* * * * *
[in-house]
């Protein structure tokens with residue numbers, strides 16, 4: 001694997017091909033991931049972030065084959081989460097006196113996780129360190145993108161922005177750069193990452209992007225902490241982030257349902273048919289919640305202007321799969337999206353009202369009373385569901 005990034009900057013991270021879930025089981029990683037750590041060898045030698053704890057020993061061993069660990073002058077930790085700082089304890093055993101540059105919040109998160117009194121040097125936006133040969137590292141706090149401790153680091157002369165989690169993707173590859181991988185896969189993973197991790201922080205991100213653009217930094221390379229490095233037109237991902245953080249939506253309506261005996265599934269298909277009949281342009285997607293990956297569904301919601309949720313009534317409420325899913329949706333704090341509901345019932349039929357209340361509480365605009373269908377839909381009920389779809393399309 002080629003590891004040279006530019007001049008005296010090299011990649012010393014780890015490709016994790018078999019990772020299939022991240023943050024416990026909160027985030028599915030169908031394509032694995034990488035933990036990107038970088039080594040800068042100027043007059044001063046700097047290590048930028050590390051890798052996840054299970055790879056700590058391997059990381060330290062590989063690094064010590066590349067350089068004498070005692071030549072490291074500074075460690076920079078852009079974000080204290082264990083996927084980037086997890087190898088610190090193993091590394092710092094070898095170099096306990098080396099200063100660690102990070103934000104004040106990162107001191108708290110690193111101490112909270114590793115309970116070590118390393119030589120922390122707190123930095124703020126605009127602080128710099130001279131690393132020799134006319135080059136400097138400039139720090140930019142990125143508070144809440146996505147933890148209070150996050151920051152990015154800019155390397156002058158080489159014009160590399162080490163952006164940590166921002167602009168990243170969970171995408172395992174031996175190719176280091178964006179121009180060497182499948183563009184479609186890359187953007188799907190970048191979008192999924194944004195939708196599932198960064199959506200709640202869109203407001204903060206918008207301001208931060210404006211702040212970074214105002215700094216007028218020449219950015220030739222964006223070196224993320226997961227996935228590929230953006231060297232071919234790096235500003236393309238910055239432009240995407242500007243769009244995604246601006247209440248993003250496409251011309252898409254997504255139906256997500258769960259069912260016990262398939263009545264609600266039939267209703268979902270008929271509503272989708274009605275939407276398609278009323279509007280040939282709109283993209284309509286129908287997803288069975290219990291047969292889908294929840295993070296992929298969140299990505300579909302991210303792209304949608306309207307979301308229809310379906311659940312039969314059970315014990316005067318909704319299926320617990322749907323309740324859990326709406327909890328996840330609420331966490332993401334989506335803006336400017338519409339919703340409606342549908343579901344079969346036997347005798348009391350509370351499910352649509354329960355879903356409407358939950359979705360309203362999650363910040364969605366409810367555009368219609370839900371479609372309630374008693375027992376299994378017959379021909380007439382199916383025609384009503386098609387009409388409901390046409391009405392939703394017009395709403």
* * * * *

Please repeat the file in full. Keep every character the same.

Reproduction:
[in-house]
């Protein structure tokens with residue numbers, strides 16, 4: 001694997017091909033991931049972030065084959081989460097006196113996780129360190145993108161922005177750069193990452209992007225902490241982030257349902273048919289919640305202007321799969337999206353009202369009373385569901 005990034009900057013991270021879930025089981029990683037750590041060898045030698053704890057020993061061993069660990073002058077930790085700082089304890093055993101540059105919040109998160117009194121040097125936006133040969137590292141706090149401790153680091157002369165989690169993707173590859181991988185896969189993973197991790201922080205991100213653009217930094221390379229490095233037109237991902245953080249939506253309506261005996265599934269298909277009949281342009285997607293990956297569904301919601309949720313009534317409420325899913329949706333704090341509901345019932349039929357209340361509480365605009373269908377839909381009920389779809393399309 002080629003590891004040279006530019007001049008005296010090299011990649012010393014780890015490709016994790018078999019990772020299939022991240023943050024416990026909160027985030028599915030169908031394509032694995034990488035933990036990107038970088039080594040800068042100027043007059044001063046700097047290590048930028050590390051890798052996840054299970055790879056700590058391997059990381060330290062590989063690094064010590066590349067350089068004498070005692071030549072490291074500074075460690076920079078852009079974000080204290082264990083996927084980037086997890087190898088610190090193993091590394092710092094070898095170099096306990098080396099200063100660690102990070103934000104004040106990162107001191108708290110690193111101490112909270114590793115309970116070590118390393119030589120922390122707190123930095124703020126605009127602080128710099130001279131690393132020799134006319135080059136400097138400039139720090140930019142990125143508070144809440146996505147933890148209070150996050151920051152990015154800019155390397156002058158080489159014009160590399162080490163952006164940590166921002167602009168990243170969970171995408172395992174031996175190719176280091178964006179121009180060497182499948183563009184479609186890359187953007188799907190970048191979008192999924194944004195939708196599932198960064199959506200709640202869109203407001204903060206918008207301001208931060210404006211702040212970074214105002215700094216007028218020449219950015220030739222964006223070196224993320226997961227996935228590929230953006231060297232071919234790096235500003236393309238910055239432009240995407242500007243769009244995604246601006247209440248993003250496409251011309252898409254997504255139906256997500258769960259069912260016990262398939263009545264609600266039939267209703268979902270008929271509503272989708274009605275939407276398609278009323279509007280040939282709109283993209284309509286129908287997803288069975290219990291047969292889908294929840295993070296992929298969140299990505300579909302991210303792209304949608306309207307979301308229809310379906311659940312039969314059970315014990316005067318909704319299926320617990322749907323309740324859990326709406327909890328996840330609420331966490332993401334989506335803006336400017338519409339919703340409606342549908343579901344079969346036997347005798348009391350509370351499910352649509354329960355879903356409407358939950359979705360309203362999650363910040364969605366409810367555009368219609370839900371479609372309630374008693375027992376299994378017959379021909380007439382199916383025609384009503386098609387009409388409901390046409391009405392939703394017009395709403």